Happy little shark!

Shark clutch, inside view

After carrying this for a couple of days, I have to say, that divider pocket feature is a winner. I am finding it very useful because I can put my phone on one side and my keys on the other, preventing any scratches.

Small projects for the win!

Monday, August 4, 2014

In progress - a spring wallhanging

I started this piece back in May (or maybe late April?) and finally completed the applique over the weekend. It took me awhile as I am waaay out of practice and had to take it pretty slowly.

auditioning some border fabrics for my spring wallhanging

The design is by Edyta Sitar and can be found in her book, Seasonal Silhouettes. This is the "April" block. Bonus: I didn't have to reverse the pattern for hand applique! Included in the book are full-size placement diagrams, so I was able to trace all of my pieces from that.

In the picture above, you can see a couple of the fabrics I'm auditioning for borders. I'm not quite ready to decide, so I'll muse a bit longer. I plan to finish this up and hang it in my entryway. I think this will work as a "generic" wallhanging so now it won't just be Christmas/Easter/Halloween all year! My ultimate goal is to try and have a nice collection of seasonal wallhangings to display through the year.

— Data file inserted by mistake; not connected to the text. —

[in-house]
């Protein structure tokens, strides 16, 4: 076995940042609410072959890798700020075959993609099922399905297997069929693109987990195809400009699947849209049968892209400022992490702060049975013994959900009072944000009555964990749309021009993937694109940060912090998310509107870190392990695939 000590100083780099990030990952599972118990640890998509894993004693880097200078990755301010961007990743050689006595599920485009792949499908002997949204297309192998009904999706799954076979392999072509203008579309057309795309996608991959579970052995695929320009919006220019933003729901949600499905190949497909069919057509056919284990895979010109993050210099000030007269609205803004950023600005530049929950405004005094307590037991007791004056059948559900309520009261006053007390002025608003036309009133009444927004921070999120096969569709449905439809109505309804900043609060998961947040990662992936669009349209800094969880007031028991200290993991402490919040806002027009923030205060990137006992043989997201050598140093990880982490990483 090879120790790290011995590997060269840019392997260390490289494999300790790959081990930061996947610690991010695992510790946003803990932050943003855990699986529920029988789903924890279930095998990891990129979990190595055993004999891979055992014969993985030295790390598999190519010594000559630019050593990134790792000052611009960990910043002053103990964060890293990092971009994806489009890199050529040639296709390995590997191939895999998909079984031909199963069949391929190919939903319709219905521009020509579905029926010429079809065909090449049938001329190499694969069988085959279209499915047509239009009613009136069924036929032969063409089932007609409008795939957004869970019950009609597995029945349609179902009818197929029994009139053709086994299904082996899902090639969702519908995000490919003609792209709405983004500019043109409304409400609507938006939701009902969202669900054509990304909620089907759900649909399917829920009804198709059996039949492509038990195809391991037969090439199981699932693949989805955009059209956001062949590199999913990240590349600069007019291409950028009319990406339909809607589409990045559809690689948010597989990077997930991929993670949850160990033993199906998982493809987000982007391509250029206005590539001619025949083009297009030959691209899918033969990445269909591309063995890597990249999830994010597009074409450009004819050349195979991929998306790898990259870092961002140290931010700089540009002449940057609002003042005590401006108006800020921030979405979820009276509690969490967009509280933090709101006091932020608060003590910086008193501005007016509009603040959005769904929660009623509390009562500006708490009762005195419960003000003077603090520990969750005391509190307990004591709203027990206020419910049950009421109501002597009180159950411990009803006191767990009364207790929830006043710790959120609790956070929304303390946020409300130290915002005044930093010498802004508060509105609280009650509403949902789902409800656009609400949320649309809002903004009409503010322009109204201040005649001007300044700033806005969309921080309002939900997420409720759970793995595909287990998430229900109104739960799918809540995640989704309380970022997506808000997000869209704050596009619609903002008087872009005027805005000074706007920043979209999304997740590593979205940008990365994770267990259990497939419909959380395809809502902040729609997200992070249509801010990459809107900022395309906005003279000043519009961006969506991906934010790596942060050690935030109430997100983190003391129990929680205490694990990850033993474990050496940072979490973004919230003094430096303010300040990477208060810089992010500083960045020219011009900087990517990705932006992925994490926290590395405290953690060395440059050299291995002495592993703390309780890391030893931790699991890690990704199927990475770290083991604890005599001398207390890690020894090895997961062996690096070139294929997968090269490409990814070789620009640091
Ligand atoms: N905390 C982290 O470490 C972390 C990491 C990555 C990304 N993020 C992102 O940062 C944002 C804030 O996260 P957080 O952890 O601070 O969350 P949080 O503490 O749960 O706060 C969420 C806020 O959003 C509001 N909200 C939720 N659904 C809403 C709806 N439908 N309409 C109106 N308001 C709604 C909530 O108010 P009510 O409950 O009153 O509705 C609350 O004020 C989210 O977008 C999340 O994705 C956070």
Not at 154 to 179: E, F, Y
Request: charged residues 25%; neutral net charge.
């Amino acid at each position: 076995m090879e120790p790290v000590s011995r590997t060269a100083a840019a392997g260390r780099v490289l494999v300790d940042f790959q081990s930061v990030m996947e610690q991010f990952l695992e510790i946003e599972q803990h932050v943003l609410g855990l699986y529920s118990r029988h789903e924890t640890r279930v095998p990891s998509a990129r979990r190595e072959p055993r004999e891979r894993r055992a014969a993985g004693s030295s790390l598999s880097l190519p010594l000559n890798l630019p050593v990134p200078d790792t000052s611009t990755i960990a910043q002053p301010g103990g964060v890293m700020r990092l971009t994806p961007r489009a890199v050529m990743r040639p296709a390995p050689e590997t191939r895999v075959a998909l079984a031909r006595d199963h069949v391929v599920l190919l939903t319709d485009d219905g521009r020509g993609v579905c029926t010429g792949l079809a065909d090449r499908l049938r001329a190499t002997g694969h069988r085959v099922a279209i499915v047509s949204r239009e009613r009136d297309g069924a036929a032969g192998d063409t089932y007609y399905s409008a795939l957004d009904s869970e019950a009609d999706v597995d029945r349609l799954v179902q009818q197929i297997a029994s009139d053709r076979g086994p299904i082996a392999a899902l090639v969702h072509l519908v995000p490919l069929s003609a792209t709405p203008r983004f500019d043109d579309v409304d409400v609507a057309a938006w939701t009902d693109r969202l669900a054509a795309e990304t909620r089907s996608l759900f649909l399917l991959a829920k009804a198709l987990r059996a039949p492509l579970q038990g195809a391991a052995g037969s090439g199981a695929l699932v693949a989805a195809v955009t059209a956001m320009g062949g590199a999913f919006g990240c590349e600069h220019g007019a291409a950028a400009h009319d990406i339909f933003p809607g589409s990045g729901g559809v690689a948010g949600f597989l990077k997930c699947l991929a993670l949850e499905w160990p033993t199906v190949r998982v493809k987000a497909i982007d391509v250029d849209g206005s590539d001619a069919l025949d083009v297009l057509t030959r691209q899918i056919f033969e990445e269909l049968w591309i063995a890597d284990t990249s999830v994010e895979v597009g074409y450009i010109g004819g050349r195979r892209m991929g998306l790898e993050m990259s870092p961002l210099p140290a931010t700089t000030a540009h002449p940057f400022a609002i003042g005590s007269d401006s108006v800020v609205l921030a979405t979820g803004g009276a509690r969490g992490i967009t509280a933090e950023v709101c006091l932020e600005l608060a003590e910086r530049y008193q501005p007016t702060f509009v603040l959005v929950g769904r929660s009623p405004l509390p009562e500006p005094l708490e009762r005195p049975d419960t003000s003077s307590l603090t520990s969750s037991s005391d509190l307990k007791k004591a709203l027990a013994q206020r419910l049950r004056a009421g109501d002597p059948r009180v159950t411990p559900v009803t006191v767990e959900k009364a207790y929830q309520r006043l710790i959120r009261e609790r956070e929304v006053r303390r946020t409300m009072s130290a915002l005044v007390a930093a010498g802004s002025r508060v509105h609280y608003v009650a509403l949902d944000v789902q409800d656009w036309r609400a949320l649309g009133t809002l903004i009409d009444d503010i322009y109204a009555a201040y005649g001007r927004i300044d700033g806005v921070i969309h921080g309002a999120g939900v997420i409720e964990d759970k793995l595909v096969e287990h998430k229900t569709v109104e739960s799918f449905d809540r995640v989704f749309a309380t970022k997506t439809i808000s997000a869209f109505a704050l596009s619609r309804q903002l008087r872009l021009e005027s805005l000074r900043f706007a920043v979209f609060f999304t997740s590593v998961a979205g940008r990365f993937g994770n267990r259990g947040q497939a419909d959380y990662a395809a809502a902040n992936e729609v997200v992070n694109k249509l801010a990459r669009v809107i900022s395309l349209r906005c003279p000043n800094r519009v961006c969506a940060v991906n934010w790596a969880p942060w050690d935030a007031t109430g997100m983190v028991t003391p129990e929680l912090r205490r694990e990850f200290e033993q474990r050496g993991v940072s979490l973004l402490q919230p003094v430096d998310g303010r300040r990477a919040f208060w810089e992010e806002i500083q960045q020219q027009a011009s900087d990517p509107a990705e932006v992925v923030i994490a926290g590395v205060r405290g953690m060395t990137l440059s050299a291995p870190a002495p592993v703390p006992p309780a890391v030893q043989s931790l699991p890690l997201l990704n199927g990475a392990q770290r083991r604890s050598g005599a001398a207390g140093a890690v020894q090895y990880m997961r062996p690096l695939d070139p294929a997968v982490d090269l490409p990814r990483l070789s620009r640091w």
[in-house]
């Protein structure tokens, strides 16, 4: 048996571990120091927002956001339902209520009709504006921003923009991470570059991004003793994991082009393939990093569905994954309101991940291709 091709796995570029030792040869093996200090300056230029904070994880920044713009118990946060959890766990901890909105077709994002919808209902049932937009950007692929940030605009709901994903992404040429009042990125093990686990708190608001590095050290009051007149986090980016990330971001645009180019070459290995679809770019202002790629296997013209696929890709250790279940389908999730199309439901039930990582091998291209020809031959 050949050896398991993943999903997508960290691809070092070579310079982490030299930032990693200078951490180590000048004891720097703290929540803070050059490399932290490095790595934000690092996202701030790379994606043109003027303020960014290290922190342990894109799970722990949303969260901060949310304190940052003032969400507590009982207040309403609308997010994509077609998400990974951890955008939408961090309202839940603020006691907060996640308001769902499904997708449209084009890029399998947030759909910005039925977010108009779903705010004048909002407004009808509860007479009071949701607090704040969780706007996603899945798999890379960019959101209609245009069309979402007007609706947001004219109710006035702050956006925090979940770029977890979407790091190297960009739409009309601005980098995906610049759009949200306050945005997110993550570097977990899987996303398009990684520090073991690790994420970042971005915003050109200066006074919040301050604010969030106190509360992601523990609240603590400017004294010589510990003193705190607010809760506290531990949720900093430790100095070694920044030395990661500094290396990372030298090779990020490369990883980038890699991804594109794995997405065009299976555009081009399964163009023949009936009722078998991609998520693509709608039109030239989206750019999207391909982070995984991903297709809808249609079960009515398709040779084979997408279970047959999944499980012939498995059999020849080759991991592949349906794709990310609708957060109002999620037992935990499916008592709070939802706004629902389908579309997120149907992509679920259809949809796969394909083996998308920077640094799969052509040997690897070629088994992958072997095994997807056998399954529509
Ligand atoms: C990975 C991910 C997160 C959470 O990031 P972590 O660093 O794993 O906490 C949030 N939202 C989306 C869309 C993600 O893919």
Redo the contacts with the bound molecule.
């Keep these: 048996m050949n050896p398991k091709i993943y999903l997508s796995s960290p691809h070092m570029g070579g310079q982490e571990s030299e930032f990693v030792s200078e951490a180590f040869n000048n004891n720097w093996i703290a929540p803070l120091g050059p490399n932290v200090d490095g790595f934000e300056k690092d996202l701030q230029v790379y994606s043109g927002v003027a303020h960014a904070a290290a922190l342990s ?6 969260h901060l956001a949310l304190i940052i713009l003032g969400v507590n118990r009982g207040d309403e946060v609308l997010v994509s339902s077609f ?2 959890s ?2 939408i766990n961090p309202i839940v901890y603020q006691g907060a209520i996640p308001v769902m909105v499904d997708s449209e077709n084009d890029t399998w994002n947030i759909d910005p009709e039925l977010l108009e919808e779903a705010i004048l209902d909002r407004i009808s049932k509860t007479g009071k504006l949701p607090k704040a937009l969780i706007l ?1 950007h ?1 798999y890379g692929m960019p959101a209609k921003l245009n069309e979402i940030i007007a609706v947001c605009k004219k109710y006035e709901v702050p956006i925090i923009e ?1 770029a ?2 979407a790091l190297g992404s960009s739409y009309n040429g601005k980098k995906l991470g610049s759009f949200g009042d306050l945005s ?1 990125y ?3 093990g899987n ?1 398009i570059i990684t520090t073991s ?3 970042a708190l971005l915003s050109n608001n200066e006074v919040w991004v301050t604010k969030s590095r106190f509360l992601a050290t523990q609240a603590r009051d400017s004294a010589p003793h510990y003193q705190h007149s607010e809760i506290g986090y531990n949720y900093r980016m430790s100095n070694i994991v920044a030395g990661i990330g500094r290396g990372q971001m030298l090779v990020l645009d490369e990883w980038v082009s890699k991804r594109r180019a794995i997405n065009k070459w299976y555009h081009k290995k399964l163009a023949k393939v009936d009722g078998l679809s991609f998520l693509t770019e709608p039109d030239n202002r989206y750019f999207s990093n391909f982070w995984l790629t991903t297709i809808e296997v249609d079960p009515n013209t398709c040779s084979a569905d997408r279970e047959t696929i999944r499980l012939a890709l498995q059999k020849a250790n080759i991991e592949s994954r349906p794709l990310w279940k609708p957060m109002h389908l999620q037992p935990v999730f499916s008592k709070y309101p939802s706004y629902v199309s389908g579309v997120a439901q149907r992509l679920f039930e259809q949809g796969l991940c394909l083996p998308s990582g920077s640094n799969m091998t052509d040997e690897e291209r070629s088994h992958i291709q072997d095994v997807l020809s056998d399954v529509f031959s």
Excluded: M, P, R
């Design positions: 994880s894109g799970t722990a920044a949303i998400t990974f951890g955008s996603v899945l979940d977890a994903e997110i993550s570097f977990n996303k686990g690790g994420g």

Sunday, August 3, 2014

Another McCall's 6612

Feeling inspired by the Sew Crafty Chemist and her recent finishes, I decided I needed to sew something. It needed to be a low-impact kind of project-- one that would not require lots of fitting or fussing. I was looking through my patterns and McCall's 6612 caught my eye. I had made View B previously and knew it was a good fit. So I decided to go with view C for a fun summer dress:

M6612, View C, front

I cut a size 16 and didn't make any real fit adjustments, but I did veer from the instructions construction-wise. The fabric is an ITY knit bought a couple of years ago from

M6612, View C, back

The most challenging part of this dress was the neckline. I determined that I needed to do more than just turn and hem, because I felt certain it would just stretch and get all funky if left to its own devices. So, taking my cue from the last time I made the dress , I used a tip from PatternReview as my guide, "Using Clear Elastic to Stabilize Necklines," except this time I attempted to stabilize the entire neck and not just the back. (And now I just have to take a moment to celebrate the fact that I actually thought to look at my blog post on the dress to see what, if anything, I should adjust! Woo!) Anyway-- the whole clear elastic thing was challenging for me! It took probably ten times as long as it should have. I mean, it seems pretty straightforward, but the actual doing of it really just was not clicking for me. My fabric was not holding a press at all well, the elastic made turning the hem weird, and even with a ton of pins, I just couldn't keep everything in place.